The Pack­ers have lost two of the last three NFC Cham­pi­onship Games, leav­ing many in the build­ing ir­ri­tated and un­ful­filled over the missed op­por­tu­ni­ties.

Wolf faced a sim­i­lar sit­u­a­tion just more than two decades ago.

Dal­las de­feated Green Bay in the post­sea­son three straight years from 1993-’95, in­clud­ing the 1995 NFC Cham­pi­onship Game. Wolf had seen enough and was hell bent on get­ting past the mighty Cow­boys.

The Pack­ers had the core of their ros­ter in­tact, but Wolf did a mas­ter­ful job of adding a hand­ful of vet­er­ans that even­tu­ally took Green Bay to new heights.

That off-sea­son, Wolf signed UFA de­fen­sive tackle San­tana Dot­son to com­plete the NFL’s best de­fen­sive line. Wolf also plucked mid-level free agents Des­mond Howard, Don Beebe and Ron Cox — all three who were un­wanted in their pre­vi­ous homes, but later played huge roles in Green Bay.

Later that spring, Wolf signed left tackle Bruce Wilk­er­son, who had been re­leased in Jack­sonville. When rookie John Michels flamed out, Wilk­er­son be­came the Pack­ers’ start­ing left tackle.

Then in late June, Wolf traded re­serve de­fense end Matt LaBounty to Seat­tle for Eu­gene Robin­son, who com­bined with LeRoy But­ler to form the NFL’s top safety tan­dem.

In a few short months, Wolf added a hand­ful of crit­i­cal pieces. And those 1996 Pack­ers even­tu­ally be­came Green Bay’s first Su­per Bowl cham­pi­onship team in 29 years.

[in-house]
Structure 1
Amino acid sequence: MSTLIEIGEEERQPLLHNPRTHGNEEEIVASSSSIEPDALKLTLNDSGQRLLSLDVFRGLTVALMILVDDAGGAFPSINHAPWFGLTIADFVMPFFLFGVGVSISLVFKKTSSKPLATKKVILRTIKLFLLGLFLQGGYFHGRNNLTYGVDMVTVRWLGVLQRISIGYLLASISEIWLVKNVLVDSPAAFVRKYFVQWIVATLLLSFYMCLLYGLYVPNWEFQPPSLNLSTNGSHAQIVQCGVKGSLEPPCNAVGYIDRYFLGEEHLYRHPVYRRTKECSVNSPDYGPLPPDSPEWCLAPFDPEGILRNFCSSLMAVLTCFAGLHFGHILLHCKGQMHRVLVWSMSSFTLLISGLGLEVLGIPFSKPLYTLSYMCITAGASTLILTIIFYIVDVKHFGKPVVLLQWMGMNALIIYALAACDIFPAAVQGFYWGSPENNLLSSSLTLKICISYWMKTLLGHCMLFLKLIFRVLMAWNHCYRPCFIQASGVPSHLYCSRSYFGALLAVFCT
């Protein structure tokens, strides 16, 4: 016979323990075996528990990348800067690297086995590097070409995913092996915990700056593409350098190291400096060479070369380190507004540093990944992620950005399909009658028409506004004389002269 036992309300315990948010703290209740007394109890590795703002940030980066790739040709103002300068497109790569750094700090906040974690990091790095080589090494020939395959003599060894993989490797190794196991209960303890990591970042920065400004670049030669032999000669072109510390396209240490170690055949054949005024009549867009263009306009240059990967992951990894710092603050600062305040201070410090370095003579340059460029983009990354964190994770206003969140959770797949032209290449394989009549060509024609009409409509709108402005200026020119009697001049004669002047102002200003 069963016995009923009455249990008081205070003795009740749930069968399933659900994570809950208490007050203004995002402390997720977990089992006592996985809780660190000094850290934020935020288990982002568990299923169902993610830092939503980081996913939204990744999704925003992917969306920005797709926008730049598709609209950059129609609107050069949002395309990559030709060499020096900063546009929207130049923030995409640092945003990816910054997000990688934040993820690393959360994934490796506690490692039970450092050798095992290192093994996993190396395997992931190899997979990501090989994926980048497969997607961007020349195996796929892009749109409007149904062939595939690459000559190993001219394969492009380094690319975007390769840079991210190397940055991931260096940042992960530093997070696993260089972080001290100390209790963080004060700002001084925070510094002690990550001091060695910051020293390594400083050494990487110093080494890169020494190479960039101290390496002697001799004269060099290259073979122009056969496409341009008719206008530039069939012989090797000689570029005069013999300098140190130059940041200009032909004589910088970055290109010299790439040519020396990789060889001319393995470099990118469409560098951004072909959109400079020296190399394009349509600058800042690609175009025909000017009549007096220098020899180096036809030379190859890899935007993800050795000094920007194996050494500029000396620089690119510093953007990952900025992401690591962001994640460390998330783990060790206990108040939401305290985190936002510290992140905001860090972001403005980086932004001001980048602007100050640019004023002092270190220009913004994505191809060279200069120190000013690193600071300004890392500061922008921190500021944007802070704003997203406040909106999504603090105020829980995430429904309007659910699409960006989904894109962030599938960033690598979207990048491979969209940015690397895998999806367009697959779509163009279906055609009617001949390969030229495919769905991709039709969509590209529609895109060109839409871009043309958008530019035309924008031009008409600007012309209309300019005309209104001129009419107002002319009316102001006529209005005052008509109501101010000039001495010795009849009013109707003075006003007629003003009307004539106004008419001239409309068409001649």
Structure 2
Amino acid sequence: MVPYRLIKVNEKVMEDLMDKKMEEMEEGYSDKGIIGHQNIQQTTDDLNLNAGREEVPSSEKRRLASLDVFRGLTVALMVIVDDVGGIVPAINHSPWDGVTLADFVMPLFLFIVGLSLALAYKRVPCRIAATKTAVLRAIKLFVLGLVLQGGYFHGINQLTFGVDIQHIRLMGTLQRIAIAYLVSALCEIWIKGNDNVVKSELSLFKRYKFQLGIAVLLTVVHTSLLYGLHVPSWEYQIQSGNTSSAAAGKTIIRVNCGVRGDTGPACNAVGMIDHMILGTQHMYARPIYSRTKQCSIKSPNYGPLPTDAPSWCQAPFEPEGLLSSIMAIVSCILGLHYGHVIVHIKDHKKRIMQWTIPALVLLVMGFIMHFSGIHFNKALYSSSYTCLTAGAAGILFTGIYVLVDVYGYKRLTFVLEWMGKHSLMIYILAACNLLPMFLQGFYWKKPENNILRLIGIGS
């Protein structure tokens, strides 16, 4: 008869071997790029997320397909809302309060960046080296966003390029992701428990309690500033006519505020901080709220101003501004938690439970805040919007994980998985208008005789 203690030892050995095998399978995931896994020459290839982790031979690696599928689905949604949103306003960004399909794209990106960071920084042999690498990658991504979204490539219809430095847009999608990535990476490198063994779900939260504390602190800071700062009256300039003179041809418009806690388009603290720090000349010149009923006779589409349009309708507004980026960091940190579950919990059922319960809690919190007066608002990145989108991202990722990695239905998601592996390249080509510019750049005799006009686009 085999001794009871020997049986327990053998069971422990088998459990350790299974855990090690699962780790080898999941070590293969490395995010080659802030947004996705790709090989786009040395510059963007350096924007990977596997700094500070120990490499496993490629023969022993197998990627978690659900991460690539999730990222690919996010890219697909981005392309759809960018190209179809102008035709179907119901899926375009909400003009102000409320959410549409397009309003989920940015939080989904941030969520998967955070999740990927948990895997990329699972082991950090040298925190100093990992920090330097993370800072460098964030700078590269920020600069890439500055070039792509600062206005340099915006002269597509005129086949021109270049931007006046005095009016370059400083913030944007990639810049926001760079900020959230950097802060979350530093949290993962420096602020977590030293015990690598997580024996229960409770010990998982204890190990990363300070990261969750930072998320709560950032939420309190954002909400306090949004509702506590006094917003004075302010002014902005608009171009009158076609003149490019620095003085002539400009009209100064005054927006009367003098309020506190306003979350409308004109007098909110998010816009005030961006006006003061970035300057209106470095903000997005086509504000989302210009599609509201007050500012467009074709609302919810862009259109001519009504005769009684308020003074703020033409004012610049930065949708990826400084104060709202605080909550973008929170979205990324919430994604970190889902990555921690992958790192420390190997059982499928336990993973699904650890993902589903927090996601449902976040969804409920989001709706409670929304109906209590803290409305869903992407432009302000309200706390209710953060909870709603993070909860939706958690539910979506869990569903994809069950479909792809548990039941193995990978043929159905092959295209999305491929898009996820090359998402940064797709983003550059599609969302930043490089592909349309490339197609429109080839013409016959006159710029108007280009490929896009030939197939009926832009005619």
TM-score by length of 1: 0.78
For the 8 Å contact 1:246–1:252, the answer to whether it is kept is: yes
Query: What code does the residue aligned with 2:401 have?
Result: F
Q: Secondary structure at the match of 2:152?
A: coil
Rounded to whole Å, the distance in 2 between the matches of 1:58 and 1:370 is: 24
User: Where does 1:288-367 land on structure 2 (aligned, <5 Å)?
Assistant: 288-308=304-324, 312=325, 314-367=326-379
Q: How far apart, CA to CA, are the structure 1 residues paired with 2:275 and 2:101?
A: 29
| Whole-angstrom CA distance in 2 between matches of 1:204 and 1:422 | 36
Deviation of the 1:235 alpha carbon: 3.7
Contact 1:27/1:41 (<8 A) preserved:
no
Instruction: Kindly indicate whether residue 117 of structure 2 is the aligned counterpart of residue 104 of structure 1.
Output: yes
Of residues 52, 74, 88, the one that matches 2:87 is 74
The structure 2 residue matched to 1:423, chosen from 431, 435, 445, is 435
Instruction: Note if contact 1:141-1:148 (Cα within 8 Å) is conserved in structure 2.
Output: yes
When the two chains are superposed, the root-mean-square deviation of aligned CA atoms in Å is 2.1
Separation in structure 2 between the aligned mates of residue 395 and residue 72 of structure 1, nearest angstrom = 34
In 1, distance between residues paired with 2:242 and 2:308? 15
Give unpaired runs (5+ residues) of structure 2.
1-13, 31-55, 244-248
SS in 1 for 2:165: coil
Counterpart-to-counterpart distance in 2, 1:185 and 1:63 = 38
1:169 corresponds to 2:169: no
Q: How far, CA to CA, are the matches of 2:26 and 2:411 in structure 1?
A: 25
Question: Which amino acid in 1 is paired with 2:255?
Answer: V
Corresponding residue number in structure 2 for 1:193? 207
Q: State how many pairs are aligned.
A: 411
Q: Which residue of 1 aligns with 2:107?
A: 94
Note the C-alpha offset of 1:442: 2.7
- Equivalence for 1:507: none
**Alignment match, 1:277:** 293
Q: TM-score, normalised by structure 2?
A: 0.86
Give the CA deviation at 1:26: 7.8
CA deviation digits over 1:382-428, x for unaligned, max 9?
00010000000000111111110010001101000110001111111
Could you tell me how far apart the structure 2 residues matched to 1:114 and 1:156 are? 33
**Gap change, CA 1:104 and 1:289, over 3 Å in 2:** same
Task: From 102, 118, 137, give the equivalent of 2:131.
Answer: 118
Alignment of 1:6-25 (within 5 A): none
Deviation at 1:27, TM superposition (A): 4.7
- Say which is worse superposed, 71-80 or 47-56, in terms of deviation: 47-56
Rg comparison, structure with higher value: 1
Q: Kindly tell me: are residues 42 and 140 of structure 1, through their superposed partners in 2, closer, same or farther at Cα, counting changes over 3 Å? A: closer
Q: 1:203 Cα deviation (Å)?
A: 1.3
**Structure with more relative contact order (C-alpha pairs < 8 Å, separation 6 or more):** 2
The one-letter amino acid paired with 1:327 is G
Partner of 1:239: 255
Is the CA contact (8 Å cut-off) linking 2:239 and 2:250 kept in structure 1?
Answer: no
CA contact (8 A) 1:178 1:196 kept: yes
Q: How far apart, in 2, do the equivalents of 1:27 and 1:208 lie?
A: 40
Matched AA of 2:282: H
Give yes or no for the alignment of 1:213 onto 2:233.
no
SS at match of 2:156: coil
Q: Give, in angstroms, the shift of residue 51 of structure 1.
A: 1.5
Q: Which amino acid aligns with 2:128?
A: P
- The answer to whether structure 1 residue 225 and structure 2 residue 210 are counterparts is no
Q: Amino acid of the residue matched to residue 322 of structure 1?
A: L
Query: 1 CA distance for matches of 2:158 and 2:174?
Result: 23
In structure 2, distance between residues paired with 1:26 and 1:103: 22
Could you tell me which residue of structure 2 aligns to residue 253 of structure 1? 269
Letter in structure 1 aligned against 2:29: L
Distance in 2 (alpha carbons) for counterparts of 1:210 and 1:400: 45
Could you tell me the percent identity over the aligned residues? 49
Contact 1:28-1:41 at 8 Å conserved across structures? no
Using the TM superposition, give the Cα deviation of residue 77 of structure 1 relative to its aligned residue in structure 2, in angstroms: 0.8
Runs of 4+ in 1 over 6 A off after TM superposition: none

Thomp­son has a sim­i­lar op­por­tu­nity now. It’s one he’s failed mis­er­ably on in the past, and with years tick­ing away on Rodgers, it’s one Thomp­son can’t squan­der again. Ac­cord­ing to the web­site over­the

cap.com, the Pack­ers will have ap­prox­i­mately $35 mil­lion of salary cap room in 2017. Green Bay could pick up even more re­lief if they part ways with in­jured cor­ner­back Sam Shields, who has a cap num­ber of $12.125 mil­lion. Green Bay could also ask un­der­per­form­ing vet­er­ans Clay Matthews ($15.2M cap num­ber) and Ran­dall Cobb ($12.75M) to re­struc­ture their deals.

That kind of money could buy a cor­ner­back like A.J. Bouye and a pass rusher such as Melvin In­gram, moves that would go a long way to­ward fix­ing the mis­er­able de­fense Thomp­son has as­sem­bled. It would also al­low the Pack­ers to sign many of their own key free agents such as Jared Cook and T.J. Lang.

Rodgers turns 34 next sea­son and re­mem­bers all too well watch­ing former team­mate Brett Favre leave the game with just one cham­pi­onship. Packer Na­tion also cringes, too, when think­ing that Favre and Rodgers — a pair of quarterbacks that rank among the 10 great­est in NFL his­tory — have com­bined for just two Su­per Bowls in 25 years. It doesn’t have to stay that way. The 2016 Pack­ers were close. Rodgers knows it, which is why he im­plored his gen­eral man­ager to be­come more ag­gres­sive.

If Thomp­son once again re­fuses to go “all-in,” it’s time the Pack­ers find some­one who will.

AS­SO­CI­ATED PRESS

Pack­ers GM Ted Thomp­son has won one Su­per Bowl ti­tle with 2005 pick Aaron Rodgers at QB.